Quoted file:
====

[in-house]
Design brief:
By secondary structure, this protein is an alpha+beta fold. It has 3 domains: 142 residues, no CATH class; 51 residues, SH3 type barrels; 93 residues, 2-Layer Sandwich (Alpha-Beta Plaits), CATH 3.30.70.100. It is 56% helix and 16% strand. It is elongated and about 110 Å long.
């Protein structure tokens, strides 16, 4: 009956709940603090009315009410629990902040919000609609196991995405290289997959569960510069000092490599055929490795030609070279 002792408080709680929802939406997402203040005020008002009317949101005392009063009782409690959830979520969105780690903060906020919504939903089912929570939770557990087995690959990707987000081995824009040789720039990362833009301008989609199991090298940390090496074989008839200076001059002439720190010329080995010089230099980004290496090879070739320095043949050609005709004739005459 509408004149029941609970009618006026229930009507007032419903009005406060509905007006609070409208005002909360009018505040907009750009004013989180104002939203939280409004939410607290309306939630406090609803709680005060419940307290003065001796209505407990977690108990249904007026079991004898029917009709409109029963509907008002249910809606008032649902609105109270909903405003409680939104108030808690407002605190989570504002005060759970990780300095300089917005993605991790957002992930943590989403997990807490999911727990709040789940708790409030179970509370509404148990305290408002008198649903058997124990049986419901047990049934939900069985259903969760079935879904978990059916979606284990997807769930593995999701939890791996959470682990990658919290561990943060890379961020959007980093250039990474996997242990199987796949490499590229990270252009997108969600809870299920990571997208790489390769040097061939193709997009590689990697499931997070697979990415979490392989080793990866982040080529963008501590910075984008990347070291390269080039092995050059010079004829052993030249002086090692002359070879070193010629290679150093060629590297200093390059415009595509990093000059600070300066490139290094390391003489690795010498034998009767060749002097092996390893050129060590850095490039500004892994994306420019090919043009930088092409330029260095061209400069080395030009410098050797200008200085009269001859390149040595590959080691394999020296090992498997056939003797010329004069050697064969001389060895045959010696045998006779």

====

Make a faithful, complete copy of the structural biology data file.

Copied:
[in-house]
Design brief:
By secondary structure, this protein is an alpha+beta fold. It has 3 domains: 142 residues, no CATH class; 51 residues, SH3 type barrels; 93 residues, 2-Layer Sandwich (Alpha-Beta Plaits), CATH 3.30.70.100. It is 56% helix and 16% strand. It is elongated and about 110 Å long.
């Protein structure tokens, strides 16, 4: 009956709940603090009315009410629990902040919000609609196991995405290289997959569960510069000092490599055929490795030609070279 002792408080709680929802939406997402203040005020008002009317949101005392009063009782409690959830979520969105780690903060906020919504939903089912929570939770557990087995690959990707987000081995824009040789720039990362833009301008989609199991090298940390090496074989008839200076001059002439720190010329080995010089230099980004290496090879070739320095043949050609005709004739005459 509408004149029941609970009618006026229930009507007032419903009005406060509905007006609070409208005002909360009018505040907009750009004013989180104002939203939280409004939410607290309306939630406090609803709680005060419940307290003065001796209505407990977690108990249904007026079991004898029917009709409109029963509907008002249910809606008032649902609105109270909903405003409680939104108030808690407002605190989570504002005060759970990780300095300089917005993605991790957002992930943590989403997990807490999911727990709040789940708790409030179970509370509404148990305290408002008198649903058997124990049986419901047990049934939900069985259903969760079935879904978990059916979606284990997807769930593995999701939890791996959470682990990658919290561990943060890379961020959007980093250039990474996997242990199987796949490499590229990270252009997108969600809870299920990571997208790489390769040097061939193709997009590689990697499931997070697979990415979490392989080793990866982040080529963008501590910075984008990347070291390269080039092995050059010079004829052993030249002086090692002359070879070193010629290679150093060629590297200093390059415009595509990093000059600070300066490139290094390391003489690795010498034998009767060749002097092996390893050129060590850095490039500004892994994306420019090919043009930088092409330029260095061209400069080395030009410098050797200008200085009269001859390149040595590959080691394999020296090992498997056939003797010329004069050697064969001389060895045959010696045998006779």